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‘The pandemic was a wake-up call for people to start taking their health seriously,’ says this doctor and Apeejay alumna

There has been a rising incidence of heart attacks at a young age, says Dr Khushmi Shah

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As a senior resident doctor on Covid duty during the first and second wave, Apeejay Nerul alumna Khushmi Shah’s experience was full of learnings. Khushmi currently works in the department of medicine at Seth GS Medical College and KEM Hospital, Mumbai. She completed MBBS from the Armed Forces Medical College Pune followed by post-graduation from BJ Medical College Pune and is now preparing to pursue a super-specialisation in cardiology. In an interview, Khushmi Shah talks further about working in the Covid ward, the post-pandemic approach to health and lifestyle, and more. Edited excerpts:

How did Apeejay School, Nerul, shape you? Please share your memories.

I studied in the school from kindergarten to class 12, which made it an integral part of my growing up years. Apeejay Nerul played a significant role. The exposure that I got and the confidence I built by participating in various activities has really helped me a lot in my life. I owe my interest in science, especially biology, to my teachers–I got valuable opportunities through competitive exams like National Talent Search Examination that helped me cultivate and pursue my interest in science.

You participated in various extra-curricular activities. Tell us more.

I was part of the Prefectorial board fourth standard onwards. I was the Junior Prefect followed by Senior Prefect and Captain and finally the Head Girl. I also participated in debate events and was involved with the editorial team of the school magazine. I also trained in Bharatanatyam and performed at annual functions and dance competitions. All of this happened because of the encouragement of the teachers. It has shaped me into the person I am now.

Did all of this come in the way of your preparation for the All India Pre-Medical Test (AIPMT)?

Most of AIPMT (now called NEET) was based on the CBSE curriculum. With the teaching at Apeejay being on point, I did not struggle much and never felt the need for any extra coaching either. In between my preparation, extra-curricular activities were like a breather and not a distraction. These school events eventually became memories that kept me going.

Students appearing for competitive exams like NEET or JEE are quite commonly asked to focus 100 per cent on academics and stay away from other activities. What tips can you give to students and their parents?

I did MBBS, MD and now I am preparing for my super-specialisation. I would like to tell the aspirants that exams are never-ending; NEET is just the beginning of the journey. You cannot bring your life to a halt for every single exam. Even if you achieve all the success in life, you will not want to regret not having enjoyed a good school or college life.  What you need to learn is to maintain a balance and decide when to study and when to pursue your hobby or interest. Learning how to prioritise will help you throughout your life.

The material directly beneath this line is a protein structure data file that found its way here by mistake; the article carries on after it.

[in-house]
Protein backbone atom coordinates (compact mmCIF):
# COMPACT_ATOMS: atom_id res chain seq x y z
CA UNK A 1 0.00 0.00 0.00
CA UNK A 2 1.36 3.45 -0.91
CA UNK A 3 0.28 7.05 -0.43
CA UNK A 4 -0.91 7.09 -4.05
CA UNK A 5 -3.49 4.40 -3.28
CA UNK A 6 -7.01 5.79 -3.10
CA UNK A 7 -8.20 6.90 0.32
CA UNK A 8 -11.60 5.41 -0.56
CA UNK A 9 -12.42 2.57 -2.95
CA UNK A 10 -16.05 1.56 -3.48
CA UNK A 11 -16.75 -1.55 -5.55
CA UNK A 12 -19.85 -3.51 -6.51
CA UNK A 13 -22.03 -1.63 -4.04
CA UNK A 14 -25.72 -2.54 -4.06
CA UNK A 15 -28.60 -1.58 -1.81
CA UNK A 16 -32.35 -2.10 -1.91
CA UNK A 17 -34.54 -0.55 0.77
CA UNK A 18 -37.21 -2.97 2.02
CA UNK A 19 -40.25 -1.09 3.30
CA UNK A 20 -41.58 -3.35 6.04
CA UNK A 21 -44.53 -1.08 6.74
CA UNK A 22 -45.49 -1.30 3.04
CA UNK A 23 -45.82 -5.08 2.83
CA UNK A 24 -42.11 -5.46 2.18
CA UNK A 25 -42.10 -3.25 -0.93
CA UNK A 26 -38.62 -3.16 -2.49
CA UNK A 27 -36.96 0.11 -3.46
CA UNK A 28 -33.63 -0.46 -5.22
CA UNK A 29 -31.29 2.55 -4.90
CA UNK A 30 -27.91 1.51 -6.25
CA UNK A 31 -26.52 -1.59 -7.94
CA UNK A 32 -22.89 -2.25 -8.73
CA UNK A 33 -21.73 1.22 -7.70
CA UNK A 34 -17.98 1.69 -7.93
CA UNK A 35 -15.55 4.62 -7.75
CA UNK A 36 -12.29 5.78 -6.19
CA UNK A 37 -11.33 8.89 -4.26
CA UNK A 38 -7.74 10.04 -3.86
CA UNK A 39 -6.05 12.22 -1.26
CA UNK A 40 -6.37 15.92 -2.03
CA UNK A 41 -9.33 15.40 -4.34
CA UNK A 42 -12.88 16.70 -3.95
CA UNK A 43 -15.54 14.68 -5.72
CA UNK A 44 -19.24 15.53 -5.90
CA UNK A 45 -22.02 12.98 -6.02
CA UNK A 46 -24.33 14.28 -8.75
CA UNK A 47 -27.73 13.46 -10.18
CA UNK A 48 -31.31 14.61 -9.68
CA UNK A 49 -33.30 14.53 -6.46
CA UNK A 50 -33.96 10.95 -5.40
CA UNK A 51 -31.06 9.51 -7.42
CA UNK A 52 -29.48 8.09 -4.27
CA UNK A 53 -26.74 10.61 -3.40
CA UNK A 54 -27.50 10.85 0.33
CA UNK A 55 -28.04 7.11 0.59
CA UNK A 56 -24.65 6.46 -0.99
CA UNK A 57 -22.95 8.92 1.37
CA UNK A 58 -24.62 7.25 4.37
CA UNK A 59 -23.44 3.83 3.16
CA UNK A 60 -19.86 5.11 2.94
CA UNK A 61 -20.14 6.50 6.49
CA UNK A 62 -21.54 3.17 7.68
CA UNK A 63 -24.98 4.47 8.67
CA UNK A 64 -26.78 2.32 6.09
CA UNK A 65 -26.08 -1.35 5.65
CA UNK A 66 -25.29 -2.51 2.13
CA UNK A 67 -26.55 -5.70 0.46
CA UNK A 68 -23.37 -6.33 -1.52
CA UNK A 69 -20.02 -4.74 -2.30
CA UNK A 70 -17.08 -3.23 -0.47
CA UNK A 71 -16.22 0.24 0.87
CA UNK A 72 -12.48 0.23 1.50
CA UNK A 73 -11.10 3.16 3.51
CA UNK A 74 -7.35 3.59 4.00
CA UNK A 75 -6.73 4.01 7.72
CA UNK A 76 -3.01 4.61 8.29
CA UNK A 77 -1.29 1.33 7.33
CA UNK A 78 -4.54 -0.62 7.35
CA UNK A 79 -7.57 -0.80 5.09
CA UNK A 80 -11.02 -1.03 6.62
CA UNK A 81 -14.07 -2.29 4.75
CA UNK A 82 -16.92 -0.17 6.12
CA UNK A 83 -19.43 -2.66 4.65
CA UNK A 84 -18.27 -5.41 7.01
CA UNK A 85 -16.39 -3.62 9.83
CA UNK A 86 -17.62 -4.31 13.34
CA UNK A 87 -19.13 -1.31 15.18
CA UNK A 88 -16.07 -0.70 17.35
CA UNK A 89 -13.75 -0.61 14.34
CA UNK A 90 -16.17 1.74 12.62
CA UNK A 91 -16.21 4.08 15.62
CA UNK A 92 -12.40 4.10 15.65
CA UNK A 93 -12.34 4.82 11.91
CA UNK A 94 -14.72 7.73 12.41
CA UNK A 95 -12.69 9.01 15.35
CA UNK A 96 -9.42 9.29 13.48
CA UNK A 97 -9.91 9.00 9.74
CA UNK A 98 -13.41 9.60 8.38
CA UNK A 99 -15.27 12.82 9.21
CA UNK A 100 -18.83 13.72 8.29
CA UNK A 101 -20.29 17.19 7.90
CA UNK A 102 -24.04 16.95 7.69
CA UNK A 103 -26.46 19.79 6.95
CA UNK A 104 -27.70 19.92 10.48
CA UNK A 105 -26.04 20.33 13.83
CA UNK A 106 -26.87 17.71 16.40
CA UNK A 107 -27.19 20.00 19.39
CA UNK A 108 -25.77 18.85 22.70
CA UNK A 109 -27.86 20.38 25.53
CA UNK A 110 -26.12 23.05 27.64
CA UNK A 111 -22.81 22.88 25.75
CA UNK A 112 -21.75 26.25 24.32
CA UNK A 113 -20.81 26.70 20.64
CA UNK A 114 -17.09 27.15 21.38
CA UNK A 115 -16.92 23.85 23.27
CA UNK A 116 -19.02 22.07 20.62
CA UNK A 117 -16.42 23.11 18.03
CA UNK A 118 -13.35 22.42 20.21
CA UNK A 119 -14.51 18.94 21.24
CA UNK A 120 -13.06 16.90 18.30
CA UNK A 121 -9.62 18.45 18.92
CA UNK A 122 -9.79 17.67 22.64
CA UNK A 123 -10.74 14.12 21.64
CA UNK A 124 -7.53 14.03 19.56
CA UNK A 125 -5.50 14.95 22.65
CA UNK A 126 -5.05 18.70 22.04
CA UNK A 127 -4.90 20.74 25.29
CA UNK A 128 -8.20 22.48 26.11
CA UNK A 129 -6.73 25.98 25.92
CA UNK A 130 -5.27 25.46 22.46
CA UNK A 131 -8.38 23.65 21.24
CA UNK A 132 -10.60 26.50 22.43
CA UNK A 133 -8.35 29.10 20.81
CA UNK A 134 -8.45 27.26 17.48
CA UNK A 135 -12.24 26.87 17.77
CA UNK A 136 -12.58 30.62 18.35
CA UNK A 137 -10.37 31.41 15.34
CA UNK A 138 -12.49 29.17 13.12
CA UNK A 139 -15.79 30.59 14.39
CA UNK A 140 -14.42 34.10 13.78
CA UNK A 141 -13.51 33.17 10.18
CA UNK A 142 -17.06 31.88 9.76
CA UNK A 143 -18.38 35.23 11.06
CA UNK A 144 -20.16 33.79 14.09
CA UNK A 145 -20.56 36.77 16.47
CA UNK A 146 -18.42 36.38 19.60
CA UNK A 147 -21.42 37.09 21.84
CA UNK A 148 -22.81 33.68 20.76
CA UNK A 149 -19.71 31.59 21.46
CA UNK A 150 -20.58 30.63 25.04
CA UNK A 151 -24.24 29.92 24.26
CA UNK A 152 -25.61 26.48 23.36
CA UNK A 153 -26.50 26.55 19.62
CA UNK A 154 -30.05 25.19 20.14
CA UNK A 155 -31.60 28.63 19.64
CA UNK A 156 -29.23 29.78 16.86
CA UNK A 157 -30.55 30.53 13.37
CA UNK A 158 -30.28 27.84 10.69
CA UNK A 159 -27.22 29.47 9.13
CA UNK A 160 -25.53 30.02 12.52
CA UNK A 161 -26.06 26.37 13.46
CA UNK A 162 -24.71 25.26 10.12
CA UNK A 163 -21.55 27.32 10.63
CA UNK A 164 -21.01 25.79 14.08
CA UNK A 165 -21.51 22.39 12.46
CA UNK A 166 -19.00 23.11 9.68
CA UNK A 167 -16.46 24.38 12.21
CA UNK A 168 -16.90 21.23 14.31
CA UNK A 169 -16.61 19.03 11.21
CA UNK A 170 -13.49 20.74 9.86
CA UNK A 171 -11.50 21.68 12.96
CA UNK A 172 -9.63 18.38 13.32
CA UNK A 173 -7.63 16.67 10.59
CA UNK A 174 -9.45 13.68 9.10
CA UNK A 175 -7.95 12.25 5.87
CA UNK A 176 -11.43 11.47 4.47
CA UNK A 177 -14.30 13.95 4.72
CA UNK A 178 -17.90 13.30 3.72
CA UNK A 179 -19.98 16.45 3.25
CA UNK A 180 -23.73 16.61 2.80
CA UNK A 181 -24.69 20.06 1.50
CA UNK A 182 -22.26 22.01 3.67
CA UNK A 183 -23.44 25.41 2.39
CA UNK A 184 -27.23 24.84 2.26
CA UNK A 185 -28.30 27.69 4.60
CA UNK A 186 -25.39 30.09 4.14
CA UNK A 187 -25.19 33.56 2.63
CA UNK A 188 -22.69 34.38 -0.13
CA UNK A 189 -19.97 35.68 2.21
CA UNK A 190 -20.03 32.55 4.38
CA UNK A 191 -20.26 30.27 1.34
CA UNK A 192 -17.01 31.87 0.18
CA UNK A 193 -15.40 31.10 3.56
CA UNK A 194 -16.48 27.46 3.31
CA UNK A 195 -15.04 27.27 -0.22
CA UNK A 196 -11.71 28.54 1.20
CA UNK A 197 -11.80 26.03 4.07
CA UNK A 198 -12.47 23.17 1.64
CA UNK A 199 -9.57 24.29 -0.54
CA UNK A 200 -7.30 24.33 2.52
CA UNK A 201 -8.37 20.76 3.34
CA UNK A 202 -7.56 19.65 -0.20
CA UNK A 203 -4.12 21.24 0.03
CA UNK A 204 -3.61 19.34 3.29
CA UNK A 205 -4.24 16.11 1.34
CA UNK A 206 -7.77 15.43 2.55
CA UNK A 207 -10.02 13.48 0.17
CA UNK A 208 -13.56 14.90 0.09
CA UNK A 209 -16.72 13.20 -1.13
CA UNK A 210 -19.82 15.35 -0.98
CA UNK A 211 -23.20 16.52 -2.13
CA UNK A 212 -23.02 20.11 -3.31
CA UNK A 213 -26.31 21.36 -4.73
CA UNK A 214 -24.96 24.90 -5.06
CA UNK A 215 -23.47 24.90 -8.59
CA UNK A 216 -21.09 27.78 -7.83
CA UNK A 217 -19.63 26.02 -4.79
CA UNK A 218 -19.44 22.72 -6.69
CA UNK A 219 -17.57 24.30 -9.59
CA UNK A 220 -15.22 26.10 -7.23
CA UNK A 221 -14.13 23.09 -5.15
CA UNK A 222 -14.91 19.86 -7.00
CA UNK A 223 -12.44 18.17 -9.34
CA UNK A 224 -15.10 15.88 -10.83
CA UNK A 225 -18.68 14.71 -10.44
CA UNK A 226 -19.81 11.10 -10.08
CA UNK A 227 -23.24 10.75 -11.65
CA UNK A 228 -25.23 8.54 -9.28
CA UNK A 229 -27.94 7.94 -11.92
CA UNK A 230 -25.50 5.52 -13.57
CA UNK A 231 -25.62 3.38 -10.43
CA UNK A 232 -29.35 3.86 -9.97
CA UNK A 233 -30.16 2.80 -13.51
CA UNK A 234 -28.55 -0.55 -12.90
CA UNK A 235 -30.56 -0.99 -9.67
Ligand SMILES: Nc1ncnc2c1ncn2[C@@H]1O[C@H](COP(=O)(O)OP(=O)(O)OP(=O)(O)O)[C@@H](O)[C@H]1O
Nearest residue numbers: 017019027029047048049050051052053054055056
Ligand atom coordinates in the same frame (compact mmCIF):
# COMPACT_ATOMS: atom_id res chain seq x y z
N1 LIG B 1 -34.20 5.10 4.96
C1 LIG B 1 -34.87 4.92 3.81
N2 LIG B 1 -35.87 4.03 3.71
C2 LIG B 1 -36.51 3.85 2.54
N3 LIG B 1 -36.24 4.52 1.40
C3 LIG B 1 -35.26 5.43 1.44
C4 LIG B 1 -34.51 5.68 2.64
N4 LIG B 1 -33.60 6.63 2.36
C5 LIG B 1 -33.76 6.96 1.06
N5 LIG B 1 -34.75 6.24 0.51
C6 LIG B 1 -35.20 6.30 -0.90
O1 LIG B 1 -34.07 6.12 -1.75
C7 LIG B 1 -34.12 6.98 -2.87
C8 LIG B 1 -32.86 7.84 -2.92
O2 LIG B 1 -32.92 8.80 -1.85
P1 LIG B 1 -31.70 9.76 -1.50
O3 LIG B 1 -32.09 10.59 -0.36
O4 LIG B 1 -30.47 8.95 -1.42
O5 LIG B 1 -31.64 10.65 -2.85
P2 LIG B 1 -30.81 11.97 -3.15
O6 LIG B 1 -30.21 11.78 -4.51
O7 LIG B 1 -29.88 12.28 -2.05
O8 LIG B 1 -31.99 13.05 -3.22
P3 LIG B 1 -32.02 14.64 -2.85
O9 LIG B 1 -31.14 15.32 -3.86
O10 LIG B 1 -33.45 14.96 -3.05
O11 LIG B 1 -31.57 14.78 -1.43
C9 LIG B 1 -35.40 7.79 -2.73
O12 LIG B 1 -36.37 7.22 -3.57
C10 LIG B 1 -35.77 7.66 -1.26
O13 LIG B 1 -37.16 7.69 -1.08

You worked in the Covid ward. What was it like?

I spent almost one-and-a-half years of my residency in Covid duty. As residents, we were first responders. From being helpless to actually having learned how to handle the crisis, we saw it all. We learned how to find new innovative solutions for unprecedented problems. We learned ‘jugaad’ along the way when there was a shortage of medical supplies. Despite the extreme challenges, I think that was a once-in-a-lifetime experience where we got to deal with the crisis at the ground level.

Personally, how challenging was the entire experience, right from dealing with patients to addressing the concerns of your family?

We were emotionally exhausted in the first wave. We did not know much about the infection while there was a flock of patients coming in to seek immediate help. The inflow of patients was massive. We had patients between the ages 20 and 60, who passed away within 10-15 minutes of reaching the hospital. It was very tragic. The situation was scary but since we were dealing with Covid every day, our personal safety was not something we thought of much. Of course, our families were worried so we avoided giving them all the details about the hospital or they would have been anxious. But the second wave, we had learned a little about how to cope and prioritise our patients. It was all about learning to do your best to save them.

What are some of the commonly seen health issues that have emerged in India?

Post-Covid, people have been dealing with a lot of psychological problems caused by uncertainty, financial problems, loss of family members, etc. In general, the emerging health issues include diabetes and obesity because of the change in our lifestyle and eating habits. There has been a rising incidence of heart attack at a young age and drug-resistant tuberculosis.

Post-Covid, do you see a change in people’s approach to maintaining health?

I think it has more to do with social media exposure. A lot of the young population is now alert and making necessary changes in their lifestyle to stay healthy. Overall, I think awareness has increased and people have started taking their health seriously. The pandemic was a wake-up call and I hope that things only improve from here.

Disha Roy Choudhury is a Senior Correspondent at Apeejay Newsroom. She has worked as a journalist at different media organisations. She is also passionate about music and has participated in reality shows.

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